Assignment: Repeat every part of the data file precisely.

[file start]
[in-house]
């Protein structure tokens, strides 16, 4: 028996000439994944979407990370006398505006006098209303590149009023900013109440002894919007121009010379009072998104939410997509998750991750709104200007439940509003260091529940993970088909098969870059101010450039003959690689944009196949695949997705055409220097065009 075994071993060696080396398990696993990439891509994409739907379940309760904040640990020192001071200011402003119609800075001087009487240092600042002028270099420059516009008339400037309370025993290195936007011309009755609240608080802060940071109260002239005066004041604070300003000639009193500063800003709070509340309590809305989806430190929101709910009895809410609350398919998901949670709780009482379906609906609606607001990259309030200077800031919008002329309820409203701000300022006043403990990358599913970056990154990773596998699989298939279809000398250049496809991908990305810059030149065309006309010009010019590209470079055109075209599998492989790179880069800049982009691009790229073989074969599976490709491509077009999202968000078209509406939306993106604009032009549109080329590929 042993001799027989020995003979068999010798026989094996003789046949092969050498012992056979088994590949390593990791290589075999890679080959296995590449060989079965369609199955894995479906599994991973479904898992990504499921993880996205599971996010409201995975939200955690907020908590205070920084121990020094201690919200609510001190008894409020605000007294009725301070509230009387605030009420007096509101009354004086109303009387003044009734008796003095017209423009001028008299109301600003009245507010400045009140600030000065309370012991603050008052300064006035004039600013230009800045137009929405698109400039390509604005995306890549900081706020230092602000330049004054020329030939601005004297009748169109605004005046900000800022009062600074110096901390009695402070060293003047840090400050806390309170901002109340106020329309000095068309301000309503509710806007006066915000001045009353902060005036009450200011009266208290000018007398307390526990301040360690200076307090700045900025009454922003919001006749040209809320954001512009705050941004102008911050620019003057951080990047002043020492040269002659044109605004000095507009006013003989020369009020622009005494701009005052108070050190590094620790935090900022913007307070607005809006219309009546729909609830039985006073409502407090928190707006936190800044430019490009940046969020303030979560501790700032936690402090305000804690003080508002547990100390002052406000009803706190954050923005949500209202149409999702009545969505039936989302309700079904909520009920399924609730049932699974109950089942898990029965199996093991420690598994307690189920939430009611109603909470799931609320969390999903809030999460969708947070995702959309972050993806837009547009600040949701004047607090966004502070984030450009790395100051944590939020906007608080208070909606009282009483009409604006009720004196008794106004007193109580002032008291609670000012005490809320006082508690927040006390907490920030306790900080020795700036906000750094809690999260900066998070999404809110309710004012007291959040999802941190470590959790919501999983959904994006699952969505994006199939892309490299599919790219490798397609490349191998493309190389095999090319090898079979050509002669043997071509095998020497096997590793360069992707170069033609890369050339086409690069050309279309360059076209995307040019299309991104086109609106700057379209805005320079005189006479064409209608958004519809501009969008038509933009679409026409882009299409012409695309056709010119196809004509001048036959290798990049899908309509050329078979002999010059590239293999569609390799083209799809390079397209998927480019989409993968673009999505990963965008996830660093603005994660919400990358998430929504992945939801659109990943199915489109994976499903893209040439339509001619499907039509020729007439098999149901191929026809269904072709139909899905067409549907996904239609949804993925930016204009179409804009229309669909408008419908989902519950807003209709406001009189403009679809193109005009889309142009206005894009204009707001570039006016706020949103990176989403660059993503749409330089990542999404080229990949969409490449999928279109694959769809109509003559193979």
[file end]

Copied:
[in-house]
């Protein structure tokens, strides 16, 4: 028996000439994944979407990370006398505006006098209303590149009023900013109440002894919007121009010379009072998104939410997509998750991750709104200007439940509003260091529940993970088909098969870059101010450039003959690689944009196949695949997705055409220097065009 075994071993060696080396398990696993990439891509994409739907379940309760904040640990020192001071200011402003119609800075001087009487240092600042002028270099420059516009008339400037309370025993290195936007011309009755609240608080802060940071109260002239005066004041604070300003000639009193500063800003709070509340309590809305989806430190929101709910009895809410609350398919998901949670709780009482379906609906609606607001990259309030200077800031919008002329309820409203701000300022006043403990990358599913970056990154990773596998699989298939279809000398250049496809991908990305810059030149065309006309010009010019590209470079055109075209599998492989790179880069800049982009691009790229073989074969599976490709491509077009999202968000078209509406939306993106604009032009549109080329590929 042993001799027989020995003979068999010798026989094996003789046949092969050498012992056979088994590949390593990791290589075999890679080959296995590449060989079965369609199955894995479906599994991973479904898992990504499921993880996205599971996010409201995975939200955690907020908590205070920084121990020094201690919200609510001190008894409020605000007294009725301070509230009387605030009420007096509101009354004086109303009387003044009734008796003095017209423009001028008299109301600003009245507010400045009140600030000065309370012991603050008052300064006035004039600013230009800045137009929405698109400039390509604005995306890549900081706020230092602000330049004054020329030939601005004297009748169109605004005046900000800022009062600074110096901390009695402070060293003047840090400050806390309170901002109340106020329309000095068309301000309503509710806007006066915000001045009353902060005036009450200011009266208290000018007398307390526990301040360690200076307090700045900025009454922003919001006749040209809320954001512009705050941004102008911050620019003057951080990047002043020492040269002659044109605004000095507009006013003989020369009020622009005494701009005052108070050190590094620790935090900022913007307070607005809006219309009546729909609830039985006073409502407090928190707006936190800044430019490009940046969020303030979560501790700032936690402090305000804690003080508002547990100390002052406000009803706190954050923005949500209202149409999702009545969505039936989302309700079904909520009920399924609730049932699974109950089942898990029965199996093991420690598994307690189920939430009611109603909470799931609320969390999903809030999460969708947070995702959309972050993806837009547009600040949701004047607090966004502070984030450009790395100051944590939020906007608080208070909606009282009483009409604006009720004196008794106004007193109580002032008291609670000012005490809320006082508690927040006390907490920030306790900080020795700036906000750094809690999260900066998070999404809110309710004012007291959040999802941190470590959790919501999983959904994006699952969505994006199939892309490299599919790219490798397609490349191998493309190389095999090319090898079979050509002669043997071509095998020497096997590793360069992707170069033609890369050339086409690069050309279309360059076209995307040019299309991104086109609106700057379209805005320079005189006479064409209608958004519809501009969008038509933009679409026409882009299409012409695309056709010119196809004509001048036959290798990049899908309509050329078979002999010059590239293999569609390799083209799809390079397209998927480019989409993968673009999505990963965008996830660093603005994660919400990358998430929504992945939801659109990943199915489109994976499903893209040439339509001619499907039509020729007439098999149901191929026809269904072709139909899905067409549907996904239609949804993925930016204009179409804009229309669909408008419908989902519950807003209709406001009189403009679809193109005009889309142009206005894009204009707001570039006016706020949103990176989403660059993503749409330089990542999404080229990949969409490449999928279109694959769809109509003559193979």